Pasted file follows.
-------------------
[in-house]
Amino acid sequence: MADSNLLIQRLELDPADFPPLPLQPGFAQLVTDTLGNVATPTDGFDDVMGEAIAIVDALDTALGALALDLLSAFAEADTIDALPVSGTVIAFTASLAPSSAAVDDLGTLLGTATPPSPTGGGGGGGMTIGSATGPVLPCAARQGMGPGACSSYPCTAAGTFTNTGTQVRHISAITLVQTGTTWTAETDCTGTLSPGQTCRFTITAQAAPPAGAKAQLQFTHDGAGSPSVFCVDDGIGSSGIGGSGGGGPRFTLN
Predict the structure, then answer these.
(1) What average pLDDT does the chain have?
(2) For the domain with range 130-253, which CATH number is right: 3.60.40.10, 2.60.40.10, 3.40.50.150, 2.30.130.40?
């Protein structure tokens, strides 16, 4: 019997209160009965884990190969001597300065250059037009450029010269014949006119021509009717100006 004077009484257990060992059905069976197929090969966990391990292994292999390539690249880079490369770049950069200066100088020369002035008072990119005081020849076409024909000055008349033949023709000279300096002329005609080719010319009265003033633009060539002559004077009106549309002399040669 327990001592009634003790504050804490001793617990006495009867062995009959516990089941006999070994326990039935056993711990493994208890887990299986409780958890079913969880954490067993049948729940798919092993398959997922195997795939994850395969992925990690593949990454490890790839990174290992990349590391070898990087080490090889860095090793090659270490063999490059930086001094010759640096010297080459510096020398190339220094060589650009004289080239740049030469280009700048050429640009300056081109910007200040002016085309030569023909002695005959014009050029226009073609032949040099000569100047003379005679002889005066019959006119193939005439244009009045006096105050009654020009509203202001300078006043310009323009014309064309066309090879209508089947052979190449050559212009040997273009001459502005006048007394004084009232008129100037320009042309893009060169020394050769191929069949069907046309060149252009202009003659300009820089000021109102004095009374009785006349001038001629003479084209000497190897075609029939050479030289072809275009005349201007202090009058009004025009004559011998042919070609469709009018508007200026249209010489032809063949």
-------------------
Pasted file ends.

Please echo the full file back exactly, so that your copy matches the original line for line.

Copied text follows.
[in-house]
Amino acid sequence: MADSNLLIQRLELDPADFPPLPLQPGFAQLVTDTLGNVATPTDGFDDVMGEAIAIVDALDTALGALALDLLSAFAEADTIDALPVSGTVIAFTASLAPSSAAVDDLGTLLGTATPPSPTGGGGGGGMTIGSATGPVLPCAARQGMGPGACSSYPCTAAGTFTNTGTQVRHISAITLVQTGTTWTAETDCTGTLSPGQTCRFTITAQAAPPAGAKAQLQFTHDGAGSPSVFCVDDGIGSSGIGGSGGGGPRFTLN
Predict the structure, then answer these.
(1) What average pLDDT does the chain have?
(2) For the domain with range 130-253, which CATH number is right: 3.60.40.10, 2.60.40.10, 3.40.50.150, 2.30.130.40?
């Protein structure tokens, strides 16, 4: 019997209160009965884990190969001597300065250059037009450029010269014949006119021509009717100006 004077009484257990060992059905069976197929090969966990391990292994292999390539690249880079490369770049950069200066100088020369002035008072990119005081020849076409024909000055008349033949023709000279300096002329005609080719010319009265003033633009060539002559004077009106549309002399040669 327990001592009634003790504050804490001793617990006495009867062995009959516990089941006999070994326990039935056993711990493994208890887990299986409780958890079913969880954490067993049948729940798919092993398959997922195997795939994850395969992925990690593949990454490890790839990174290992990349590391070898990087080490090889860095090793090659270490063999490059930086001094010759640096010297080459510096020398190339220094060589650009004289080239740049030469280009700048050429640009300056081109910007200040002016085309030569023909002695005959014009050029226009073609032949040099000569100047003379005679002889005066019959006119193939005439244009009045006096105050009654020009509203202001300078006043310009323009014309064309066309090879209508089947052979190449050559212009040997273009001459502005006048007394004084009232008129100037320009042309893009060169020394050769191929069949069907046309060149252009202009003659300009820089000021109102004095009374009785006349001038001629003479084209000497190897075609029939050479030289072809275009005349201007202090009058009004025009004559011998042919070609469709009018508007200026249209010489032809063949």